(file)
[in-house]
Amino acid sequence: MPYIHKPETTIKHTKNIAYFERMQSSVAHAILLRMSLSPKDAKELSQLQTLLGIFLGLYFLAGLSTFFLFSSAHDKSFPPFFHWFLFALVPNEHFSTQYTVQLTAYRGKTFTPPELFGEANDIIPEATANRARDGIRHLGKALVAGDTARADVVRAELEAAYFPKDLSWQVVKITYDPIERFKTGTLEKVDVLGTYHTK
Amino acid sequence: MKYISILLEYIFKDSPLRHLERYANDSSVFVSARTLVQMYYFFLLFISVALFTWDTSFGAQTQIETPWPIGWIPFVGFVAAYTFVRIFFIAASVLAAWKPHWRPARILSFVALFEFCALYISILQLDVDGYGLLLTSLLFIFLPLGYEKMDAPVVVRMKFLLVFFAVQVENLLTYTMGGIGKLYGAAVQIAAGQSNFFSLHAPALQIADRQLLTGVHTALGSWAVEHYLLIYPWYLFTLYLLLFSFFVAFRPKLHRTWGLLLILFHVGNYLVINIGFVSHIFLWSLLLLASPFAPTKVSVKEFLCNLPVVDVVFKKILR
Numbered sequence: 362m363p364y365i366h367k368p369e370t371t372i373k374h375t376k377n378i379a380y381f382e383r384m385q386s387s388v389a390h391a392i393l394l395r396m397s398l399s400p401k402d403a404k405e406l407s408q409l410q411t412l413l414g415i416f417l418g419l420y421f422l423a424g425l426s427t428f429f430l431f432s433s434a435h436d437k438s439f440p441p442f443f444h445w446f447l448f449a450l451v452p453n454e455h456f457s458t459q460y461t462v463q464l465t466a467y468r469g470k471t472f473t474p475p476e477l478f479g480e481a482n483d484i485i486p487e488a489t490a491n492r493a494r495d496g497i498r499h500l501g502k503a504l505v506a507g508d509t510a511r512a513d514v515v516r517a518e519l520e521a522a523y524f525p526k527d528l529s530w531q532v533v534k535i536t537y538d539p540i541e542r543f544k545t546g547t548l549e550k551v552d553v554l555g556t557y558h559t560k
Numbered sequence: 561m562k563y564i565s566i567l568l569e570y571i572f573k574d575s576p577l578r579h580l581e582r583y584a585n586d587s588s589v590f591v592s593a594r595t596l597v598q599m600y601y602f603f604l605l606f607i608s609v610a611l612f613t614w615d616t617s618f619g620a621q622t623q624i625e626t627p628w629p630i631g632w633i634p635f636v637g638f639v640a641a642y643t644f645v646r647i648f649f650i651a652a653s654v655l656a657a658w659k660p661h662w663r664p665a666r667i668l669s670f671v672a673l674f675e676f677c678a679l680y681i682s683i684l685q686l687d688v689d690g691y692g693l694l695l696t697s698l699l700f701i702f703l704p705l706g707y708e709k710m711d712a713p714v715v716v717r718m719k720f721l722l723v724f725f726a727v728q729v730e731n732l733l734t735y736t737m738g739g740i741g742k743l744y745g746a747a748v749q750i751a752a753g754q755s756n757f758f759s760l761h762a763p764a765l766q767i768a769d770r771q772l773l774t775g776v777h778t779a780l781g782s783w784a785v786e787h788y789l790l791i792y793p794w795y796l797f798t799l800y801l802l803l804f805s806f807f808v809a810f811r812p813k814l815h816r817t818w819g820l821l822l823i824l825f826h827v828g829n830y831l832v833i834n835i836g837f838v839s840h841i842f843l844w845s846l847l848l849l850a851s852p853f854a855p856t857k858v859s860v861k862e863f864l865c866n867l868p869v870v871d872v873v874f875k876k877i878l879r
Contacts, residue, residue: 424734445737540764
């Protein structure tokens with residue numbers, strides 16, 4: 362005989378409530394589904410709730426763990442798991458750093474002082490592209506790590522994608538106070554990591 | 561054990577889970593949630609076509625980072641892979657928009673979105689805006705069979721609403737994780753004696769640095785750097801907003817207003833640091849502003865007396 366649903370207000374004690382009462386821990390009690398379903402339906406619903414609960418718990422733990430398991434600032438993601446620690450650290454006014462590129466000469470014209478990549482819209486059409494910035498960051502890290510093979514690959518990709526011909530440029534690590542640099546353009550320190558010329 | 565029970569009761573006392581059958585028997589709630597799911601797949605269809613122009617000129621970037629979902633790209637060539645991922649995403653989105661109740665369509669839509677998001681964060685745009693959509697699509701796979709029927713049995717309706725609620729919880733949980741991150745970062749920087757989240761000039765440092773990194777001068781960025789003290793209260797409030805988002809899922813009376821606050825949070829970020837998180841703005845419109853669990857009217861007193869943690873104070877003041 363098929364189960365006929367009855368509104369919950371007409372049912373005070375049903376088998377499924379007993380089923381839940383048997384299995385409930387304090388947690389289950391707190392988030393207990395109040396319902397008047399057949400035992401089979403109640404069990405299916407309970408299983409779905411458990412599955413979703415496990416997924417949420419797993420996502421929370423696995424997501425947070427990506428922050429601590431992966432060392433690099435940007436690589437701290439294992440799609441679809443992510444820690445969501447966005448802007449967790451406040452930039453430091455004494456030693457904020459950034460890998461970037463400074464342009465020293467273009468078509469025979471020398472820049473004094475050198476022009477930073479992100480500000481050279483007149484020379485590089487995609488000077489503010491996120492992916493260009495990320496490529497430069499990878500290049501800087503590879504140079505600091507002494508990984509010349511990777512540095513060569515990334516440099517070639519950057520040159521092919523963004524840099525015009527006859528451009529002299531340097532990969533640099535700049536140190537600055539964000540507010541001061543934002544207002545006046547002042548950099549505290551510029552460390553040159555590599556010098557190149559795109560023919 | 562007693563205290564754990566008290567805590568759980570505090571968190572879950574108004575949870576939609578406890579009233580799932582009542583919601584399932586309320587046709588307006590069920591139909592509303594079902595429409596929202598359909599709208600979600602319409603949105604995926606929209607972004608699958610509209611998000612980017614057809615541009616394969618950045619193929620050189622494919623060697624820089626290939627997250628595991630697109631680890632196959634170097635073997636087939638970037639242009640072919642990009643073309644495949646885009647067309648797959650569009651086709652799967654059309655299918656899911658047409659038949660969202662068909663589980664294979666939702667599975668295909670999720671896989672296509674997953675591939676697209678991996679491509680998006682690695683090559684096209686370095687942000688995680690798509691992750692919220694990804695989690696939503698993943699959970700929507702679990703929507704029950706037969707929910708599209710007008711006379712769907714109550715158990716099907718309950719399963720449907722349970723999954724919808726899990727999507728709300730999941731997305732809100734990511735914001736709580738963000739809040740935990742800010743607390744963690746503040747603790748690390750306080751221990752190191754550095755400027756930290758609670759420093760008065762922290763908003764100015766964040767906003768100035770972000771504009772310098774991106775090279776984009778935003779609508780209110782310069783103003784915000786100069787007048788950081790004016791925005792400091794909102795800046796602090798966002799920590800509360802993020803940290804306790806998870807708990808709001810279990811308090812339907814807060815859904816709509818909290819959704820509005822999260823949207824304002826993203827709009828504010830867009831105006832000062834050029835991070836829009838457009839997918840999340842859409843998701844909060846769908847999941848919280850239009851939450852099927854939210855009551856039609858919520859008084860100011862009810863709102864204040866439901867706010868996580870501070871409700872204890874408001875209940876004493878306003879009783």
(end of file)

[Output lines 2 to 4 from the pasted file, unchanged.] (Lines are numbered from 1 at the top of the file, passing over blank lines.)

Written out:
Amino acid sequence: MPYIHKPETTIKHTKNIAYFERMQSSVAHAILLRMSLSPKDAKELSQLQTLLGIFLGLYFLAGLSTFFLFSSAHDKSFPPFFHWFLFALVPNEHFSTQYTVQLTAYRGKTFTPPELFGEANDIIPEATANRARDGIRHLGKALVAGDTARADVVRAELEAAYFPKDLSWQVVKITYDPIERFKTGTLEKVDVLGTYHTK
Amino acid sequence: MKYISILLEYIFKDSPLRHLERYANDSSVFVSARTLVQMYYFFLLFISVALFTWDTSFGAQTQIETPWPIGWIPFVGFVAAYTFVRIFFIAASVLAAWKPHWRPARILSFVALFEFCALYISILQLDVDGYGLLLTSLLFIFLPLGYEKMDAPVVVRMKFLLVFFAVQVENLLTYTMGGIGKLYGAAVQIAAGQSNFFSLHAPALQIADRQLLTGVHTALGSWAVEHYLLIYPWYLFTLYLLLFSFFVAFRPKLHRTWGLLLILFHVGNYLVINIGFVSHIFLWSLLLLASPFAPTKVSVKEFLCNLPVVDVVFKKILR
Numbered sequence: 362m363p364y365i366h367k368p369e370t371t372i373k374h375t376k377n378i379a380y381f382e383r384m385q386s387s388v389a390h391a392i393l394l395r396m397s398l399s400p401k402d403a404k405e406l407s408q409l410q411t412l413l414g415i416f417l418g419l420y421f422l423a424g425l426s427t428f429f430l431f432s433s434a435h436d437k438s439f440p441p442f443f444h445w446f447l448f449a450l451v452p453n454e455h456f457s458t459q460y461t462v463q464l465t466a467y468r469g470k471t472f473t474p475p476e477l478f479g480e481a482n483d484i485i486p487e488a489t490a491n492r493a494r495d496g497i498r499h500l501g502k503a504l505v506a507g508d509t510a511r512a513d514v515v516r517a518e519l520e521a522a523y524f525p526k527d528l529s530w531q532v533v534k535i536t537y538d539p540i541e542r543f544k545t546g547t548l549e550k551v552d553v554l555g556t557y558h559t560k